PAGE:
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Review

Octo Expansion Brilliantly Explores Everything Splatoon 2 Can Be

I’ve often said that Nintendo are at their best when they’re exploring the various abilities and gameplay mechanics in their games. It’s something that was so ably demonstrated in Breath of the Wild with more than a hundred shrines designed to test your exploration, puzzling and battling, and it’s that same spirit that returns in Splatoon 2’s Octo Expansion, albeit with a healthy portion of sadism mixed in to spice things up.

Waking up with the gloriously moustachioed Cap’n Cuttlefish standing over you, with no memories of how you came to be here or your previous life, one thing is made clear: you’re enemies. Instead of playing an Inkling, you’re one of the Octolings that’s regularly popped up in the single player for both games. As Octarian counterparts to the Inklings, you’re still humanoid, still have all the same weapons and abilities, but sport octopus-like suckers on your hair. With no idea where the two of you are, Cuttlefish proposes a truce to try and get you back to the surface, and Agent 8 (or Number 10008 as a weird telephone you find calls you) gets to chase the dream of passing all the tests before them and reaching the promised land of the surface.

This is no simple task and it’s one that must be earned, exploring the Deepsea Metro network and overcoming all the challenges put before you. At their simplest, they pit you against a squad of rival Octolings in one of the game’s multiplayer modes, such as Tower Control and Rainmaker, but the vast majority are much more inventive than that, testing your reflexes, puzzling skills, or both. You’ll be riding rails and sniping targets in one level, rolling in a hamster ball the next, trying to make it through a level without running out of ink, and on and on.

Whether it’s the number of lives you’re given, a strict ink limit or a timer that counts down to your death, you’re often pushed to the limit by the exacting demands. Not only that, but you have to pay out of your bank of tokens to keep trying, forcing you not to get stuck on one spot and head to try a different challenge if you’re not making enough progress. It initially feels like it could be a harsh punitive measure, but it’s not too difficult to end up with a nice buffer. Additionally, after two failed attempts at any level, you can call upon Pearl and Marina’s hacking skills to bypass the level for a fee.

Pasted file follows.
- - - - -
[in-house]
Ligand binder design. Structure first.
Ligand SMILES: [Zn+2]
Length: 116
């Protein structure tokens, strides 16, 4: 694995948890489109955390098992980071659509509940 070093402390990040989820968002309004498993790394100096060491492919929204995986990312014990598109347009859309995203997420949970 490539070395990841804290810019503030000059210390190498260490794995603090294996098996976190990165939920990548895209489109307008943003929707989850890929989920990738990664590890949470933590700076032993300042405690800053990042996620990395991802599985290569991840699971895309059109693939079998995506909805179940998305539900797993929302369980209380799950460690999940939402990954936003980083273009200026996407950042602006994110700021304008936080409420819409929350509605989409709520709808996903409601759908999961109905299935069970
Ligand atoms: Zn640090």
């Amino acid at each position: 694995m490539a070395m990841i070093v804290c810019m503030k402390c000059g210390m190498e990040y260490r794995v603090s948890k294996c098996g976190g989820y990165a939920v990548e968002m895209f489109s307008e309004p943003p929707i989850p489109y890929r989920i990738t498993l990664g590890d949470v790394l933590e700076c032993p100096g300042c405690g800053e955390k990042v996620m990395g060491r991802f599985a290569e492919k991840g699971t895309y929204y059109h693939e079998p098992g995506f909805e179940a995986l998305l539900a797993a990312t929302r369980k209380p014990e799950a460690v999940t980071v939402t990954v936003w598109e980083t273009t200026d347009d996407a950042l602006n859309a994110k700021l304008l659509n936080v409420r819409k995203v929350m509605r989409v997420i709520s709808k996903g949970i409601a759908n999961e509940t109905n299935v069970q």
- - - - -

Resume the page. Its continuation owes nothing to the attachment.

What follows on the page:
There are 80 challenges to take on in the metro system, trying to reach the four “Thangs” that will enable you to reach Inkopolis, and I often bumped into ones that felt nigh on impossible on my first few attempts. Thankfully, the metro system sprawls out in different directions, connecting different lines at marked points and unveiling more of the map for you. Right from the off you have two levels to choose from, but soon you’ll have half a dozen, meaning there’s always somewhere else to go if you’re stuck and always another way around to reach a Thang.

While story isn’t exactly Splatoon’s strongest point, Octo Expansion makes the most of what it’s got. Pearl and Marina find a radio that can chat with Cap’n Cuttlefish, leaving cute chat logs for you skim through, filled with relatively modern day humour around text speak and Cuttlefish’s age. A couple of other characters live on the tube, a sea slug conductor excellently called C.Q. Cumber and Iso Padre who’s eager to sample the ‘mem cakes’ that you collect from completing each level. It’s still a shame that, with a fun and lighthearted world, Nintendo aren’t doing more to weave a more engaging story through it. That’s something that Splatoon 3 really ought to try and take on.

The potential that a third game could hold is really demonstrated once you gather all four Thangs and journey through a sequence of several levels to reach the surface. It’s tightly constructed, again taking the core gameplay ideas from Splatoon and mixes them up once more into a serialised string of missions that expand and solidify some of the world’s barmy lore. It’s a great way to cap off the DLC. Of course, if you return and complete all of the levels on the metro, there’s a bonus boss battle to take on for the true ending.

The one problem with this expansion is the price. At £17.99, it feels very expensive when compared to other games and their DLC, and it similarly feels like it’s catering to quite a specific niche. With so many levels and challenges though, there is plenty of content here, however, and it is pretty comparable to the main single player mode in the game.

While it’s wonderfully experimental, Octo Expansion isn’t an essential purchase, but will give diehard Splatoon fans hours of often rock hard challenges to overcome.

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